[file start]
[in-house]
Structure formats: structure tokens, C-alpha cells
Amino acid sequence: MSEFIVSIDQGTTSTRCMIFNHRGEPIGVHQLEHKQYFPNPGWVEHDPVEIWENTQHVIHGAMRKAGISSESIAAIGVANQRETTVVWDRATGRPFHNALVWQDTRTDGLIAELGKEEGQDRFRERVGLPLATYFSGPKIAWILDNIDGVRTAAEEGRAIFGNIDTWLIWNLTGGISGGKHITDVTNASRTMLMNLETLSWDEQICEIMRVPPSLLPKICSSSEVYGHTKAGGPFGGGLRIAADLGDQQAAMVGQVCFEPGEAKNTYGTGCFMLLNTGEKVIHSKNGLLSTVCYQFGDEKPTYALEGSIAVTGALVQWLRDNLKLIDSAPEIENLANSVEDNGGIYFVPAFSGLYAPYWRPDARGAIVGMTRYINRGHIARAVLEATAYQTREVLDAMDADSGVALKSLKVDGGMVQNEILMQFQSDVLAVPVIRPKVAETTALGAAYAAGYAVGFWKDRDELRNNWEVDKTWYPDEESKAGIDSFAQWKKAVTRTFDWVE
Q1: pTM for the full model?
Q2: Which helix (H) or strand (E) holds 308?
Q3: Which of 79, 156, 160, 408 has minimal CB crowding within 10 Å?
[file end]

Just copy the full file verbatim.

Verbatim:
[in-house]
Structure formats: structure tokens, C-alpha cells
Amino acid sequence: MSEFIVSIDQGTTSTRCMIFNHRGEPIGVHQLEHKQYFPNPGWVEHDPVEIWENTQHVIHGAMRKAGISSESIAAIGVANQRETTVVWDRATGRPFHNALVWQDTRTDGLIAELGKEEGQDRFRERVGLPLATYFSGPKIAWILDNIDGVRTAAEEGRAIFGNIDTWLIWNLTGGISGGKHITDVTNASRTMLMNLETLSWDEQICEIMRVPPSLLPKICSSSEVYGHTKAGGPFGGGLRIAADLGDQQAAMVGQVCFEPGEAKNTYGTGCFMLLNTGEKVIHSKNGLLSTVCYQFGDEKPTYALEGSIAVTGALVQWLRDNLKLIDSAPEIENLANSVEDNGGIYFVPAFSGLYAPYWRPDARGAIVGMTRYINRGHIARAVLEATAYQTREVLDAMDADSGVALKSLKVDGGMVQNEILMQFQSDVLAVPVIRPKVAETTALGAAYAAGYAVGFWKDRDELRNNWEVDKTWYPDEESKAGIDSFAQWKKAVTRTFDWVE
Q1: pTM for the full model?
Q2: Which helix (H) or strand (E) holds 308?
Q3: Which of 79, 156, 160, 408 has minimal CB crowding within 10 Å?